aMean age (range, if available, or ± if standard deviation) in years at baseline, unless stated otherwise; bMedian age (interquartile range, IQR) in years; cMinimal and maximum mean age in years of the studies referred to; dMedian age (range) in years

Data about physical performance and activity have been collected in the Leiden 85-plus study and The 90+ Study. Good physical performance, measured with handgrip strength, 4 m walk or standing balance tests, was associated with better cognitive functioning and lower dementia incidence in the oldest-old but high physical activity did not seem to influence dementia incidence [16, 40, 41].

With regard to genetics, the Apolipoprotein E (APOE) genotype, a major risk factor for AD in younger subjects, has been extensively studied in the oldest-old, with mixed results regarding the relation to cognition and dementia [4246]. The Danish 1905 birth cohort, PLAD and Vantaa 85+ Study also studied a number of other genotypes in the oldest-old and found some additional protective and risk genotypes which are described in Table 2.

Hallmarks of aging and cognition in the oldest-old

Hallmarks of aging [47], such as inflammation and cellular senescence [48], have been scarcely studied in relation to cognition in the oldest-old. The Leiden 85-plus Study and The 90+ Study related inflammation markers to cognition and dementia but showed mixed results [4951]. In addition, telomere length measured in white blood cells were not associated with cognition, dementia prevalence or incident dementia [52].

Markers of neurodegeneration and cognition in the oldest-old

Limited information is available about the relation of markers of neurodegeneration, such as amyloid β and tau measured in cerebrospinal fluid (CSF) and/or with a positron emission tomography (PET) scan with cognitive impairment in the oldest-old. Postmortem studies have shown that the prevalence of amyloid aggregation increases with age in cognitively healthy subjects but decreases in the oldest-old subjects with dementia [1]. A similar trend can be seen with regard to amyloid β measured in CSF or on an amyloid PET scan [53, 54]. In subjects without dementia, greater amyloid load has been associated with poorer cognitive functioning and a higher rate of incident dementia, although the number of oldest-old subjects in these studies was limited [5557]. There are a few studies that have related brain MRI measurements in the oldest-old to cognitive functioning. Less atrophy and fewer white matter hyperintensities were seen in subjects without dementia compared to subjects with dementia [58, 59] but white matter integrity was not related to cognition [60]. In younger subjects, neurophysiological measures on magnetoencephalography (MEG) have been related to dementia [61] but it is unknown whether this relationship persists in the oldest-old.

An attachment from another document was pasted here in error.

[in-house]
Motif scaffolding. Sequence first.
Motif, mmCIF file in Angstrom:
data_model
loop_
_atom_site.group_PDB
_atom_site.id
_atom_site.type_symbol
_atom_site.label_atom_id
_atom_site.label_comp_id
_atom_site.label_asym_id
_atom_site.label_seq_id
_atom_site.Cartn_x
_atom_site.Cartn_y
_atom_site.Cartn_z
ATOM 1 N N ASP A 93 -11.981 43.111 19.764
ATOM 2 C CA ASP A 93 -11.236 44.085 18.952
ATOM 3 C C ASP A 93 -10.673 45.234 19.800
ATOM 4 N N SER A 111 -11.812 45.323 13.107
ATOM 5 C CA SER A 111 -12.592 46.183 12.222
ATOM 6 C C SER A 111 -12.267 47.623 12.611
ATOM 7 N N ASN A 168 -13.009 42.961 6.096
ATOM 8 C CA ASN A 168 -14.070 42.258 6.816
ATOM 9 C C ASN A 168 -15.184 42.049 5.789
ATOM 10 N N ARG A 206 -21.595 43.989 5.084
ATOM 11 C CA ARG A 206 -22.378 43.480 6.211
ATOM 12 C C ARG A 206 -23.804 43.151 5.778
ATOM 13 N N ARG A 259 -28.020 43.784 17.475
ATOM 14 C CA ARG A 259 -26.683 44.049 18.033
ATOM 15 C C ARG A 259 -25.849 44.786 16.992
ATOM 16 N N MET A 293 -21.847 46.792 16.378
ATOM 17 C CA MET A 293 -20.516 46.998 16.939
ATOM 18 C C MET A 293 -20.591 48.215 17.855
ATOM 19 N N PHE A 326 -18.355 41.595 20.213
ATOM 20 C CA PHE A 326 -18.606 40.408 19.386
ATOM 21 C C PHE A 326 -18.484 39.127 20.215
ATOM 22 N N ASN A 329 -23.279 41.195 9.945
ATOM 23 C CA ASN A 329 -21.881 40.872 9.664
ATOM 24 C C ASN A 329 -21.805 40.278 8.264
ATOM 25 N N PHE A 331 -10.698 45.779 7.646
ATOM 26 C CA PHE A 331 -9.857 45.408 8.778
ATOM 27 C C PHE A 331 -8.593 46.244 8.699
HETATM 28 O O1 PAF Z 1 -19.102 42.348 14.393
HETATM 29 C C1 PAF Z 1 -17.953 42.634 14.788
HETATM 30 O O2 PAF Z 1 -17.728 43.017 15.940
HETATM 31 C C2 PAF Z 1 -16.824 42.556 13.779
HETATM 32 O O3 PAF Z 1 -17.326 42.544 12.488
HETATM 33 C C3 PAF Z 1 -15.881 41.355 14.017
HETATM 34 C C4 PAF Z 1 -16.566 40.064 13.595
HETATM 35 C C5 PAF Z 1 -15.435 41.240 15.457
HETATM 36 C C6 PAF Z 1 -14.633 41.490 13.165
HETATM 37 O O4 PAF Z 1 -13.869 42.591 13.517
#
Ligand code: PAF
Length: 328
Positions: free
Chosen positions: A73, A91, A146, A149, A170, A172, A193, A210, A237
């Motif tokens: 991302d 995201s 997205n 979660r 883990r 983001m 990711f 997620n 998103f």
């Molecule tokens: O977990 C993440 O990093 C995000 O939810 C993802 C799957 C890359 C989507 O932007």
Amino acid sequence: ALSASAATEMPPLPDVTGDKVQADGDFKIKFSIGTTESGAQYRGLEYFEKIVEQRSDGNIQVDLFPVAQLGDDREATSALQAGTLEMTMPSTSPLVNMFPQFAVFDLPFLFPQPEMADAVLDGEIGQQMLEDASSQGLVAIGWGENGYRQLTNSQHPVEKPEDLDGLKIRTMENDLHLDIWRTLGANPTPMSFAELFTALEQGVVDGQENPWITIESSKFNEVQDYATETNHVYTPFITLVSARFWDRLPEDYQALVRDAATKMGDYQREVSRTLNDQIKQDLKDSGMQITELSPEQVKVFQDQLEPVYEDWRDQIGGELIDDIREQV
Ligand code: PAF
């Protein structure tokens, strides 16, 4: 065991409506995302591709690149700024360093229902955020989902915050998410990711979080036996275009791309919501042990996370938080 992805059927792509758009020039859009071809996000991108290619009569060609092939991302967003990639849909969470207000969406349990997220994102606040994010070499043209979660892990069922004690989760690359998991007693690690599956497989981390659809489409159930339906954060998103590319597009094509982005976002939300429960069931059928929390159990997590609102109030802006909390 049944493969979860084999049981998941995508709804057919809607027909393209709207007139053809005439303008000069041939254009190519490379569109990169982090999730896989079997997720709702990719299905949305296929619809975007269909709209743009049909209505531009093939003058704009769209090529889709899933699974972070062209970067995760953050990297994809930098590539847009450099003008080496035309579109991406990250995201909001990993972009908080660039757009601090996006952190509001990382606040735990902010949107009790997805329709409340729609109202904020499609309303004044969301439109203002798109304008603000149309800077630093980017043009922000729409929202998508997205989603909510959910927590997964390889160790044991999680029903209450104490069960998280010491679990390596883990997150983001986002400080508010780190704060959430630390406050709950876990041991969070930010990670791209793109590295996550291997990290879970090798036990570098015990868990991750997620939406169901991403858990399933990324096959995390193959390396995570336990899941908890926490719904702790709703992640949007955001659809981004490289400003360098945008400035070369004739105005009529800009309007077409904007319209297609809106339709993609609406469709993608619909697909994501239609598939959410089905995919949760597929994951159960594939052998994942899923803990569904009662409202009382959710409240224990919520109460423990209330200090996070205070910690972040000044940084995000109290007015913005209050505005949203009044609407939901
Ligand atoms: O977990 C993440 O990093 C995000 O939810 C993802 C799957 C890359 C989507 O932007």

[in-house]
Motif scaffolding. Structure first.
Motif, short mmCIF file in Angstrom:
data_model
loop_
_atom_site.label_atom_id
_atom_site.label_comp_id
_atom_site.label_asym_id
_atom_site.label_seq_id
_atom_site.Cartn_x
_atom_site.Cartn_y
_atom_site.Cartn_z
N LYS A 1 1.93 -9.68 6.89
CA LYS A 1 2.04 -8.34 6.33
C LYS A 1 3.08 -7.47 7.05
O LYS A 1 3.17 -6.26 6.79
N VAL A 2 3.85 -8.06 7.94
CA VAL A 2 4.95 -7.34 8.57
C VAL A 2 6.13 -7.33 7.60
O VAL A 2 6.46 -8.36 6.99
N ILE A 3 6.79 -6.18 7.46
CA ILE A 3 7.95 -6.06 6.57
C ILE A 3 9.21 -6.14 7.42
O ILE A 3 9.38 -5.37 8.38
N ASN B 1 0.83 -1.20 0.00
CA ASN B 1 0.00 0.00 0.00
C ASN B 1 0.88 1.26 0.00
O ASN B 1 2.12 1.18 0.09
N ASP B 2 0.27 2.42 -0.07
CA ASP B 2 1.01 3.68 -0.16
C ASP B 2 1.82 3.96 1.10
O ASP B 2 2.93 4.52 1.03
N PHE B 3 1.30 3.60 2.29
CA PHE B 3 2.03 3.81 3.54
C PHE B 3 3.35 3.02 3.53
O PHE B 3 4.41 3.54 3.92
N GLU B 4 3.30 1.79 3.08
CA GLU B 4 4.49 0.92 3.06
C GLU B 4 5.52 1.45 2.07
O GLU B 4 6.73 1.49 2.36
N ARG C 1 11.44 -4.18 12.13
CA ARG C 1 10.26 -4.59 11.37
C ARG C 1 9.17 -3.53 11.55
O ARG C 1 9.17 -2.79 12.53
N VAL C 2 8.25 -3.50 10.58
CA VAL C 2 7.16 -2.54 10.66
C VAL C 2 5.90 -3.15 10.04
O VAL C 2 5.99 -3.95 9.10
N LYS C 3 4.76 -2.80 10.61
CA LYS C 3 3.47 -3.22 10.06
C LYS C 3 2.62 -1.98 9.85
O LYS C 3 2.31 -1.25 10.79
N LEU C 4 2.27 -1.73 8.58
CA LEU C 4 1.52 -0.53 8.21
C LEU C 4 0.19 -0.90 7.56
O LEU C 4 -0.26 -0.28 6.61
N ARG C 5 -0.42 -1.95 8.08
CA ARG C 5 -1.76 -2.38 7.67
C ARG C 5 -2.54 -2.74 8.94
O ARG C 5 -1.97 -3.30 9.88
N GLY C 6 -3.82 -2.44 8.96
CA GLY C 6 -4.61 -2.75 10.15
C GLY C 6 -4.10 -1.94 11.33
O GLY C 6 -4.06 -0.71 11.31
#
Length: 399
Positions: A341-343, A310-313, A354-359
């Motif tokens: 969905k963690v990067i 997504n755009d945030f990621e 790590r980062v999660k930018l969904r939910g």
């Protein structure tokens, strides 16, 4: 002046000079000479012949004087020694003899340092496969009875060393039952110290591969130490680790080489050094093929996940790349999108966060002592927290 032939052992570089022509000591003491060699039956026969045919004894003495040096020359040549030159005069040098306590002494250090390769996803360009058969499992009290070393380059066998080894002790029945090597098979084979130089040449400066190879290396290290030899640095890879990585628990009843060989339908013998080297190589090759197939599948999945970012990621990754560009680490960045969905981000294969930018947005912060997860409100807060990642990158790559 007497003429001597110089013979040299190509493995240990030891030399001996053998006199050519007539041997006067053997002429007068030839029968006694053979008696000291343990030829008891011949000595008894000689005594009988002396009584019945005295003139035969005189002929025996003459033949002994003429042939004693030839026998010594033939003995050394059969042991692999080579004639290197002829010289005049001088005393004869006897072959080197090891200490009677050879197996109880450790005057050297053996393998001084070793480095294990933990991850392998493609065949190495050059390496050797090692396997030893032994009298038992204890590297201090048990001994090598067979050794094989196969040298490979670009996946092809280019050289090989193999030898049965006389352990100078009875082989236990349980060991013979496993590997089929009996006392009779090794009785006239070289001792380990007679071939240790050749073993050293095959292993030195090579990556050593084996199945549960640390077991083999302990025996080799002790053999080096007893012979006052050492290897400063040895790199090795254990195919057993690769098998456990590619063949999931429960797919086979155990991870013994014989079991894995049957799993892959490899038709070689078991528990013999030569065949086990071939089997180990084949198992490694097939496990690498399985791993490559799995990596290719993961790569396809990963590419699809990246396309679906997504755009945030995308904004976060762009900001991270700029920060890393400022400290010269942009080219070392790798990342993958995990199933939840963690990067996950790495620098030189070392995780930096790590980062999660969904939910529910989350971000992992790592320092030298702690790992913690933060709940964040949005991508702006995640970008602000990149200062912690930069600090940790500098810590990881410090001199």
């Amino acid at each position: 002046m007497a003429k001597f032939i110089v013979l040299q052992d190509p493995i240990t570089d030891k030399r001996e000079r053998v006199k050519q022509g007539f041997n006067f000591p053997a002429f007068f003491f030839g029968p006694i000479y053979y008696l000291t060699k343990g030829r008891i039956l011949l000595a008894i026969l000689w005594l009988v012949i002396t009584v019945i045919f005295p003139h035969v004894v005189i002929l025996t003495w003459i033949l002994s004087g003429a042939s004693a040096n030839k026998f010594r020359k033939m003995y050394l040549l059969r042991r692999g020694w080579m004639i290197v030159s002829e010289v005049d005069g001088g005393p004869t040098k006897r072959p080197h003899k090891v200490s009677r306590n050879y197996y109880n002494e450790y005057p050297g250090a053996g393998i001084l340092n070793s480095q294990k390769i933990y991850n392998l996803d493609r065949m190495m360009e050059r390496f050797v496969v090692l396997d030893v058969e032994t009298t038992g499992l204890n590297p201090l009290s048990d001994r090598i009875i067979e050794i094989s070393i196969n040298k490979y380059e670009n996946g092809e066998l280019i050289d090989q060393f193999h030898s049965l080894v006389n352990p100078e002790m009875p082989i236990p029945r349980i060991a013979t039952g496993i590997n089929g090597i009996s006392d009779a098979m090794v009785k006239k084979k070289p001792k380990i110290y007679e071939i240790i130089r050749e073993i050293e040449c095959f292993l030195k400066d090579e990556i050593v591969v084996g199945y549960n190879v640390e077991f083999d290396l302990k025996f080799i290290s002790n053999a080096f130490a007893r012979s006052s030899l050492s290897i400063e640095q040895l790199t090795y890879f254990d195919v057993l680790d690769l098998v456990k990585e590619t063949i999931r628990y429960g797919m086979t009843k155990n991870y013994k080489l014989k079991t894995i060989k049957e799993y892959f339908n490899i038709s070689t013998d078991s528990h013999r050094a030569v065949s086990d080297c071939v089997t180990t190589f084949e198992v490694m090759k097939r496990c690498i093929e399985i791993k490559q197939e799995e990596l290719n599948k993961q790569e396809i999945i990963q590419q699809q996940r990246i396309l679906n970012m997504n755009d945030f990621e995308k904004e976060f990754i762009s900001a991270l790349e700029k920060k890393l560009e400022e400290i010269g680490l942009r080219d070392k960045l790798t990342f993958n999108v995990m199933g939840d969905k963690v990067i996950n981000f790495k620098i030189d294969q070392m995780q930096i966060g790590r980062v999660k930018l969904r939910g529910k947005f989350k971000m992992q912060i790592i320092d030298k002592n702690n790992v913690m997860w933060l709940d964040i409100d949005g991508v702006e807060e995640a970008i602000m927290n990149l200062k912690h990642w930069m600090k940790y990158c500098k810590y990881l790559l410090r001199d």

Aims and objectives of the EMIF-AD 90+ study

The EMIF-AD 90+ Study was set-up to investigate the protective factors for cognitive impairment in the oldest-old. The study was part of the Innovative Medicine Initiative (IMI) European Medical Information Framework for AD (EMIF-AD) project (http://www.emif.eu/about/emif-ad) on diagnostic markers, prognostic markers, and protective factors for AD. The EMIF-AD 90+ study focuses on the extreme phenotype of the cognitively normal oldest-old. The primary objectives of the EMIF-AD 90+ study are:
  1. i)

    To identify factors associated with resilience to cognitive impairment in the oldest-old.

     
  2. ii)

    To test the relationship between hallmarks of aging and cognitive impairment in the oldest-old.

     
  3. iii)

    To test the relationship between markers of neurodegeneration and cognitive impairment in the oldest-old.

     

This paper describes the design and protocol of the study.

Methods

Study subjects

We aimed to include 80 cognitively normal subjects and 40 subjects with cognitive impairment, both aged 90 years and older. Inclusion criteria for cognitively normal subjects were a global Clinical Dementia Rating (CDR) score of 0 [62] and a score ≥ 26 points on the Mini-Mental State Examination (MMSE) [63]. Inclusion criteria for subjects with cognitive impairment were a diagnosis of amnestic MCI (aMCI) [64] or a diagnosis of probable or possible AD [65] by a neurologist, geriatrician, or general practitioner, a global CDR score ≥ 0.5 point (s) and a MMSE score of 20–28 points (inclusive). Exclusion criteria were the physical inability to undergo the procedures, visual or hearing impairment which made neuropsychological testing impossible, severe depression (Geriatric Depression Scale (GDS) score ≥ 11 points [66]) and other comorbidities or medication that could impair cognition at the discretion of the investigator (e.g. stroke, epilepsy or use of lithium carbonate). During the inclusion period it turned out to be difficult to identify subjects of 90 years and older with aMCI or probable or possible AD; we therefore broadened the inclusion criteria in this group to subjects older than 85 years.